But learning about the general doctrines of a client’s faith tradition isn’t sufficient for understanding the client. In addition to learning about the formal aspects of a client’s tradition, it’s crucial to focus on the client’s lived experience of it. In fact, scholars are paying increasing attention to what they call lived religion, in an approach that recognizes that the ways that people engage in their SRBPs are typically highly idiosyncratic and fluid, rather than conforming to one precise doctrine or set of activities or beliefs (Hathaway, 2013; McGuire, 2008; Sharpe, 2009).
If clients want to talk about their SRBPs, you might ask questions along the following lines to learn more about their lived experience (adapted with permission from Hodge, 2013):
What sort of spiritual or religious experiences stood out for you when you were growing up?
What do you hold sacred in your life?
What religious or spiritual rituals or practices are particularly important to you?
In what ways has your spirituality or religion helped you understand or cope with your problems?
In what ways has it been a source of difficulties or problems?
How does your spirituality or religion relate to your goals in life?
You may find that some clients are tempted to answer these questions using doctrine or teachings from their tradition, which may or may not reflect their lived experience. If you notice this, you can gently encourage them to share their own lived experience by simply asking, “And how is that for you, personally?”
Don’t assume that the religious or spiritual activities clients engage in always reflect their most deeply held beliefs. Sometimes these activities may have more to do with clients’ cultural identity than their religious or spiritual beliefs. For example, many immigrant families or descendants of immigrants bond with their community around traditions from their country or culture of origin. In this way, attending Orthodox Easter services may be reflective of a connection with Eastern European roots, rather than representing a religious belief. To tease out these distinctions, you might simply ask, “What does attending that service mean to you?”
If you want to boost your effectiveness and your client’s satisfaction, it’s essential to learn more about their spiritual or religious background. For more about spiritual and religious competency, check out Spiritual and Religious Competencies in Clinical Practice.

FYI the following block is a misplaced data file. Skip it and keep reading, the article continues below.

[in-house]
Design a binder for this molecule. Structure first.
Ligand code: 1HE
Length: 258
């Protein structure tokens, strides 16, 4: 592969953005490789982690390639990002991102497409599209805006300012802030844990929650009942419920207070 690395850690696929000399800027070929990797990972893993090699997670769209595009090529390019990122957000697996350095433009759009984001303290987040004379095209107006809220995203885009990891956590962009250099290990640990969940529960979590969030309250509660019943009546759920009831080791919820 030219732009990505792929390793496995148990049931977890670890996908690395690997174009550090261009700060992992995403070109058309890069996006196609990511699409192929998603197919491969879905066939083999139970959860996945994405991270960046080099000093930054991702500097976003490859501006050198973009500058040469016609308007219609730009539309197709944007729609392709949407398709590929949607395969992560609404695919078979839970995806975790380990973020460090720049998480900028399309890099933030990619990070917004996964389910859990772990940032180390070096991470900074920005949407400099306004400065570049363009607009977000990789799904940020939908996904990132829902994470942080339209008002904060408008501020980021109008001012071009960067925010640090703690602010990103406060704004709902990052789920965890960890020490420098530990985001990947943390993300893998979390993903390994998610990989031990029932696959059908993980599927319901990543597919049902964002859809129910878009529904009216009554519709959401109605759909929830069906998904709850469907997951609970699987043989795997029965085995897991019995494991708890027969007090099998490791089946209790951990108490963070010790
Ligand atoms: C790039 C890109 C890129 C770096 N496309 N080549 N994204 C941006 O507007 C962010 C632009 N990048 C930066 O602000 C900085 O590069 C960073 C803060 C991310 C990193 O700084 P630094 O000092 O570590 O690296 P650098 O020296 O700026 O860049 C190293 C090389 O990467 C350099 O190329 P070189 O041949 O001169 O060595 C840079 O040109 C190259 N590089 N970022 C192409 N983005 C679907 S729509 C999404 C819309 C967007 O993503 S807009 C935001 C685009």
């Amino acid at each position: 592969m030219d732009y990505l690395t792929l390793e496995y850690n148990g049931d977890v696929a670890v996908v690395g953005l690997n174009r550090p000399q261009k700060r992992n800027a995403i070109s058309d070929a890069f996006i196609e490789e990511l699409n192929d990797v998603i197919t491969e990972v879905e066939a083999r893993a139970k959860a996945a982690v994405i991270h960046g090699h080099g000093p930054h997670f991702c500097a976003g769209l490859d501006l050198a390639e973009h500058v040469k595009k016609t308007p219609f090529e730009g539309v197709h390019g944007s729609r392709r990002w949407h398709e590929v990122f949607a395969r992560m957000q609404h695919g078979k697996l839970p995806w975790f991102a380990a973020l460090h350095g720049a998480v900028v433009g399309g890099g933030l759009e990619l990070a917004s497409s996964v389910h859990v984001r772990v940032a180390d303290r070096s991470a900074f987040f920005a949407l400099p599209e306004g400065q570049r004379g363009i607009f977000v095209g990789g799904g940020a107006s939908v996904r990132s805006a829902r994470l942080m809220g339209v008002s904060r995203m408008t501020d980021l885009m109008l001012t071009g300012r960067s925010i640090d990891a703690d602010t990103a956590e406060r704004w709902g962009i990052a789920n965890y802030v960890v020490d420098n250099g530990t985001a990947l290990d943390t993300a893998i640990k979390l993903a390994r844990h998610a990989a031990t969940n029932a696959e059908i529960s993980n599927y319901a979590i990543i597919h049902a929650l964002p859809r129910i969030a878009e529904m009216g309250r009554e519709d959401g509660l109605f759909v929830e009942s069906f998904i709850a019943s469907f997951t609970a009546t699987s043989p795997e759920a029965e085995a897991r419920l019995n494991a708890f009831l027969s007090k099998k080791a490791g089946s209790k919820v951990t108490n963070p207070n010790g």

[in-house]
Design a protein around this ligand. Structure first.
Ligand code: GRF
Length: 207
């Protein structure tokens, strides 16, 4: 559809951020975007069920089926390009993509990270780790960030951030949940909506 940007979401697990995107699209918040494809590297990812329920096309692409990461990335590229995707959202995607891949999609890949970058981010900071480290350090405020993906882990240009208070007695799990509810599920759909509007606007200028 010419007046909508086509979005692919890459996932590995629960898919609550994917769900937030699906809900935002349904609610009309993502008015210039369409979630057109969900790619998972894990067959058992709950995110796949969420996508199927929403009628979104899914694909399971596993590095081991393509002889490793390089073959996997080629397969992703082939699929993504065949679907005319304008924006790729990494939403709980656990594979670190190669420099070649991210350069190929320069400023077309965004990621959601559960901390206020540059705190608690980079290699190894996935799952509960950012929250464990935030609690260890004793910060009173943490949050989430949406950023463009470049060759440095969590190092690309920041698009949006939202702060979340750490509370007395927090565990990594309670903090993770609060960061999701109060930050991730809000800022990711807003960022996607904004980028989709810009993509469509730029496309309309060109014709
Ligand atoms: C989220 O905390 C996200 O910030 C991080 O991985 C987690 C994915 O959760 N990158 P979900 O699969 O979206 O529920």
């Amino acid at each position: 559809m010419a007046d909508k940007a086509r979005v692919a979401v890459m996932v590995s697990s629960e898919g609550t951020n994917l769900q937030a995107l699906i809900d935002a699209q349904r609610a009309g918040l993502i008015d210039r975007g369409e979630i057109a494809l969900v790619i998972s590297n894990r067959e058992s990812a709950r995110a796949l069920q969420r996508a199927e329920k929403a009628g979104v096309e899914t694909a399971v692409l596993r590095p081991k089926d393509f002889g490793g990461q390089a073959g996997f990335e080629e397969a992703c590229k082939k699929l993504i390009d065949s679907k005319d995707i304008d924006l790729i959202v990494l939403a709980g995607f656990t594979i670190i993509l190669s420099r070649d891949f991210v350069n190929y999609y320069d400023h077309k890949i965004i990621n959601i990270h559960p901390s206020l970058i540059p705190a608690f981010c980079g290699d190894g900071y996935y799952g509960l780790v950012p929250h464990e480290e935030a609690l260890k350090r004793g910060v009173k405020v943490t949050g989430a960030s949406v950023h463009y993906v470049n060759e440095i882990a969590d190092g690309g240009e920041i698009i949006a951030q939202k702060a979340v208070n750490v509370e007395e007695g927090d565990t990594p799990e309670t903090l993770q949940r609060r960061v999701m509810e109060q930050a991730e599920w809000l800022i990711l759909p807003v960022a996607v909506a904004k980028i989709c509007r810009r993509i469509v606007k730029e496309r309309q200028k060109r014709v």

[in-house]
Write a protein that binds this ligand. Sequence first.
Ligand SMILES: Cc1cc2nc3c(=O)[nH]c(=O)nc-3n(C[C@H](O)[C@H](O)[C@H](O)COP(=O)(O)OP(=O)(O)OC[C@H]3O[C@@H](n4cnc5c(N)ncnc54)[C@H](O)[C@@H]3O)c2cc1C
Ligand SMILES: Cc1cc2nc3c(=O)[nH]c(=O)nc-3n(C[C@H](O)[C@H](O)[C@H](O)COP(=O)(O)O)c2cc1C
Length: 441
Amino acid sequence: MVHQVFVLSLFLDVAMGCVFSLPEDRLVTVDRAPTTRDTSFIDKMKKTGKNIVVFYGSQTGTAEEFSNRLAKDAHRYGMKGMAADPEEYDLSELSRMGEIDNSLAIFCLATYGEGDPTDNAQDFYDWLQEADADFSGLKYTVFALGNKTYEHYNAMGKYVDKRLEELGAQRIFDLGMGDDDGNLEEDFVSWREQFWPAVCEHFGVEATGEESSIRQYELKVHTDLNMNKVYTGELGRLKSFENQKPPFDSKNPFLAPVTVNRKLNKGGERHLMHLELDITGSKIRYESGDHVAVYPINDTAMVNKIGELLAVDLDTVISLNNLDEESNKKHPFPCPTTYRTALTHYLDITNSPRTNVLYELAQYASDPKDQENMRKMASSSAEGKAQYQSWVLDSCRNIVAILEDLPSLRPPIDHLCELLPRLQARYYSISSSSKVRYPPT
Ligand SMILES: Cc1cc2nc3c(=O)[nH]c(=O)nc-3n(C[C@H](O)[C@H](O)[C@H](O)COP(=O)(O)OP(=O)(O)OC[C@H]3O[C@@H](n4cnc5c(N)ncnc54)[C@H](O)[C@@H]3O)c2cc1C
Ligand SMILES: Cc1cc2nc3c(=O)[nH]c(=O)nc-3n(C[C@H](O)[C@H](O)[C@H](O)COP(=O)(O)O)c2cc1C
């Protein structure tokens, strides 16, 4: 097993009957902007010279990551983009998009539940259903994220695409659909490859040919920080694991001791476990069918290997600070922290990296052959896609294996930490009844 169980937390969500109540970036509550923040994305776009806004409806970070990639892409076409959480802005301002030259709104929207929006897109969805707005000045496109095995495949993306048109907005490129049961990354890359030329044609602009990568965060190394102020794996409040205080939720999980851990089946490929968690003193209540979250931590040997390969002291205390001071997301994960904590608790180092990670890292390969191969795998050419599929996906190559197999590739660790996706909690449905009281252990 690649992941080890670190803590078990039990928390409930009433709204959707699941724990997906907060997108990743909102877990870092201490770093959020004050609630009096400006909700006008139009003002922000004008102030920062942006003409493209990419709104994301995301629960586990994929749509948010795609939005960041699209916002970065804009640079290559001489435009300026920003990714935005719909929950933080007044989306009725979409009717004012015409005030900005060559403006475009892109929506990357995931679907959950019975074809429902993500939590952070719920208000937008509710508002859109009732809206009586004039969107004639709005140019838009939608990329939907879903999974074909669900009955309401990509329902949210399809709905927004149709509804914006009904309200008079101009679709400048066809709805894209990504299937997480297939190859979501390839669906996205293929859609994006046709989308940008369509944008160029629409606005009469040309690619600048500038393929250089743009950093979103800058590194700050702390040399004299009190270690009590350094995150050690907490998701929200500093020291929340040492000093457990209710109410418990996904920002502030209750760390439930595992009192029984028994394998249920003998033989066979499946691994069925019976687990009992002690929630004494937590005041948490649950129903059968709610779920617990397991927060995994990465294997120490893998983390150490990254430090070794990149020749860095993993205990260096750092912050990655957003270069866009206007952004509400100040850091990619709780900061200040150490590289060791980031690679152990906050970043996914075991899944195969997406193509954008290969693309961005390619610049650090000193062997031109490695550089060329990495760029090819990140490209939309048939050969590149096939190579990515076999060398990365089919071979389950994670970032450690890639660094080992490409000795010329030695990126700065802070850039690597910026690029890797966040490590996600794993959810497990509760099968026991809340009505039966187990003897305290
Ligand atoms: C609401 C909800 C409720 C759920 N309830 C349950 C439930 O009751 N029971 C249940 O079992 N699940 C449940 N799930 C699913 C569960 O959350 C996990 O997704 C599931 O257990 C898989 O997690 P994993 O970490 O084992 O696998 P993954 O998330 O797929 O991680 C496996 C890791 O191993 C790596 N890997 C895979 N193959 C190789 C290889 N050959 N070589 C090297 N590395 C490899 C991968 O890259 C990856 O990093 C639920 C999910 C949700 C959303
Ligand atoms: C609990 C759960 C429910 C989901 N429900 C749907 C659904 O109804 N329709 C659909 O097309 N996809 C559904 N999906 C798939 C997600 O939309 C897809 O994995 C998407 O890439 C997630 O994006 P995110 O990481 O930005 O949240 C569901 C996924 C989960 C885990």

Blanton, P. (2005). How to talk to Christian clients about their spiritual lives: Insights from postmodern family therapy. Pastoral Psychology 54(2): 93–101. doi:10.1007/s11089-005-6197-3.
Diallo, A. (2013). Clients’ willingness to incorporate religion or spirituality in counseling: A brief report. Rehabilitation Counseling Bulletin 56(2): 120–122. doi:10.1177/0034355212439425. Hathaway, 2013
Hodge, D. R. (2013). Assessing spirituality and religion in the context of counseling and psychotherapy. In K. I. Pargament (Ed.), APA handbook of psychology, religion, and spirituality: Vol. 2. An applied psychology of religion and spirituality (pp. 93–123). Washington, DC: American Psychological Association.
Knox, S., Catlin, L., Casper, M., & Schlosser, L. Z. (2005). Addressing religion and spirituality in psychotherapy: Clients’ perspectives. Psychotherapy Research 15(3): 287–303. doi:10.1080/1050330 0500090894.
McGuire, M. B. (2008). Lived religion: Faith and practice in everyday life. Oxford: Oxford University Press.
Oxhandler, H. K., & Pargament, K. I. (2014). Social work practitioners’ integration of clients’ religion and spirituality in practice: A literature review. Social Work 59(3): 271–279.
Post, B. C., & Wade, N. G. (2009). Religion and spirituality in psychotherapy: A practice-friendly review of research. Journal of Clinical Psychology 65(2): 131–146.
Saunders, S. M., Miller, M. L., & Bright, M. M. (2010). Spiritually conscious psychological care. Professional Psychology: Research and Practice 41(5): 355–362.
Sharpe, E. J. (2009). The study of religion in historical perspective. In J. R. Hinnells (Ed.), The Routledge companion to the study of religion, 2nd edition (pp. 21–45). London: Routledge.